Dr. Joni Doherty
Animals, Ethics, and Aesthetics: Expanding Lexicons
Director Dr. Lynette Hunter
This dissertation considers the ways in which artists working with living animals articulate the complex and paradoxical nature of human-animal relationships. The examples used are from signature moments in the more recent past, with an emphasis the interactions of contemporary European and American artists. Works considered include circus acts, natural history dioramas, and pieces by Bartabas, Joseph Beuys, Carolyn Carlson, Catherine Chalmers, Hubert Duprat, David Nita Little, Joanna Mendl Shaw, and David Wojnarowicz.
Various discursive and knowledge systems are at play in these works, and affect how the animals are treated and how they are represented. This project also challenges the cultural construction we call nature. Much effort has been put into avoiding the hazards of positivism, duality, and relativism. In spite of the inevitably limiting cultural and historical constraints, my aim is to generate some usable knowledge that informs how we understand the languages of art and philosophy and engage with systems of knowledge, especially as it concerns our ethical and aesthetic relationships with animals, including other humans.
Combining artistic and deconstructive practices within the theoretical framework of situated textualities reveals the richly complex yet tenuous nature of our relationships. The art works considered here express misunderstandings, tensions, connections, and the potential for transformation, sometimes simultaneously. Deconstruction is used as a prism to reveal a spectrum of insights, where what once seemed familiar now points toward the unknown, ignored, or overlooked. Situated textualities, which insists that a complex matrix of practices, materials, beings, and contexts must also be taken into account, offers openings for tacit and sensory ways of knowing, which both complement and resist the limits of rational analysis. My theoretical approach is influenced by the ideas of Mikhail Bakhtin, Matthew Calarco, Jacques Derrida, Donna Haraway, Lynette Hunter, Gayatri Chakravorty Spivak, Jakob Von Uexküll and, of course, by the artists whose work is considered here.
This dissertation is an ethnographic study of the socio-political and economic contexts, ideologies, and activism of documentary filmmaking in post Nehruvian India. Focusing on documentary filmmakers' rejection of state-sponsored documentary canons, their critiques of state, cultural, and economic institutions, and their battles against censorship, this ethnography links documentary's legacy of political activism to the far-reaching social and political transformations of post-liberalization India. In doing so, it asks: in what ways does the social world of documentary film open up new possibilities for political engagement and social transformation? And, how do documentary filmmakers reimagine and reinterpret discourses about the national public sphere and citizenship in India in a time of "globalization?"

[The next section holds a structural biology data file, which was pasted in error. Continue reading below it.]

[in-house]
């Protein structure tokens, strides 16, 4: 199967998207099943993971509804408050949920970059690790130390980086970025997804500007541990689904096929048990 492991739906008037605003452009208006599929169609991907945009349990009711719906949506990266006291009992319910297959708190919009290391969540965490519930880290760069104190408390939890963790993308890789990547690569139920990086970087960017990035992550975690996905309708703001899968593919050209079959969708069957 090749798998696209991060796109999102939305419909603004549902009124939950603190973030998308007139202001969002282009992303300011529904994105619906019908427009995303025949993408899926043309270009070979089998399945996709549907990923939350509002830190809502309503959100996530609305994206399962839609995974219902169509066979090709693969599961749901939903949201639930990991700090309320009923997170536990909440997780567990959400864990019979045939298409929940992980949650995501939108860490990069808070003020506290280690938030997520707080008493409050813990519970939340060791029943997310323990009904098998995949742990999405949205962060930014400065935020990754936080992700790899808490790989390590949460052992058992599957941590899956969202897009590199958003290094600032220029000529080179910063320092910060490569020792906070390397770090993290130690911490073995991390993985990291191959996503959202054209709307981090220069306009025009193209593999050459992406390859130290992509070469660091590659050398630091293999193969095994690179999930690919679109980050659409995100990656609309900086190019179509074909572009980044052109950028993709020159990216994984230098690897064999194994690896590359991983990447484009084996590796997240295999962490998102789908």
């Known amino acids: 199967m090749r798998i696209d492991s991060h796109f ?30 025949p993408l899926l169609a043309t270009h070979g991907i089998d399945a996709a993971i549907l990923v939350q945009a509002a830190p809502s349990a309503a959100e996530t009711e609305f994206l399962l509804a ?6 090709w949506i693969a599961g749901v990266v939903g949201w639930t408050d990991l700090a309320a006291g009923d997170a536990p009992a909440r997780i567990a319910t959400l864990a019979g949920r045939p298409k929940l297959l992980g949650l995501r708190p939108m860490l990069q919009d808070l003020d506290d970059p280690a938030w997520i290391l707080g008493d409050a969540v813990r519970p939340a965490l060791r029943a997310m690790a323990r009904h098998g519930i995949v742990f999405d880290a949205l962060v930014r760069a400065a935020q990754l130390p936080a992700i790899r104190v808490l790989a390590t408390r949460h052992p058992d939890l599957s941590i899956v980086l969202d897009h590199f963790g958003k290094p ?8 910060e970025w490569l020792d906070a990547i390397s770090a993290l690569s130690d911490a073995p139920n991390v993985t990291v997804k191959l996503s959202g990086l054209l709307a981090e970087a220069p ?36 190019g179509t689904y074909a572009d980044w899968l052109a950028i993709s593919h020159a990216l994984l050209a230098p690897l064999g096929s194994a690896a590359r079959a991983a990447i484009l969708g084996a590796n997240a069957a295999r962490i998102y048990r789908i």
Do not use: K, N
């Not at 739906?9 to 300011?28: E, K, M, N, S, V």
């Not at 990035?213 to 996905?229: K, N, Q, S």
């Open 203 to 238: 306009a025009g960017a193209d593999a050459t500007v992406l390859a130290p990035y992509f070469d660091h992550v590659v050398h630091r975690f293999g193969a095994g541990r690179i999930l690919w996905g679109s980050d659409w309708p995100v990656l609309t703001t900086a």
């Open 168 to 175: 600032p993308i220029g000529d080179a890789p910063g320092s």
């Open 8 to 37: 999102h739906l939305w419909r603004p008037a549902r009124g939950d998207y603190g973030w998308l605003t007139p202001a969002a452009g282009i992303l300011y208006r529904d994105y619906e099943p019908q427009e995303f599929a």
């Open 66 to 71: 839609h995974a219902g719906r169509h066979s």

The dissertation engages documentary filmmakers' battles against censorship amidst the vast expansion of documentary film festivals and screening spaces in the early twenty first century. Focusing on the Campaign against Censorship, in which filmmakers directly confronted the state over the censorship of their films, it explores the ways in which the "censorship debates" among filmmakers foregrounded questions of activist ideologies, form, and the aesthetics of political filmmaking. These questions were inextricably linked with histories in which documentary filmmaking has been deployed within "nation-building" projects and as activist tools in social movements in postcolonial India. I show how this legacy continues to define documentary film, even as filmmakers attempt to rearticulate and question these histories in the context of shifts in markets, audiences, and technologies that redefined the terrain of political activism in post-liberalization India.
Even as collective action on censorship stalled amidst internal dissensions, these critical debates took vital, material form within the rapid proliferation of documentary film festivals in the country. The new festival spaces marked the emergence of "documentary publics," critical counterpublics that, I argue, represented a distinctly alternative political formation in the context of the forces of religious nationalism and globalizing consumerism that have defined India's post Nehruvian public sphere. Converging through multiple, divergent screening histories, these publics embodied a social imagination based on ideals of collectivity, inclusiveness, and an abiding ethical commitment, and marked the unpredictable borders of political possibility in contemporary India.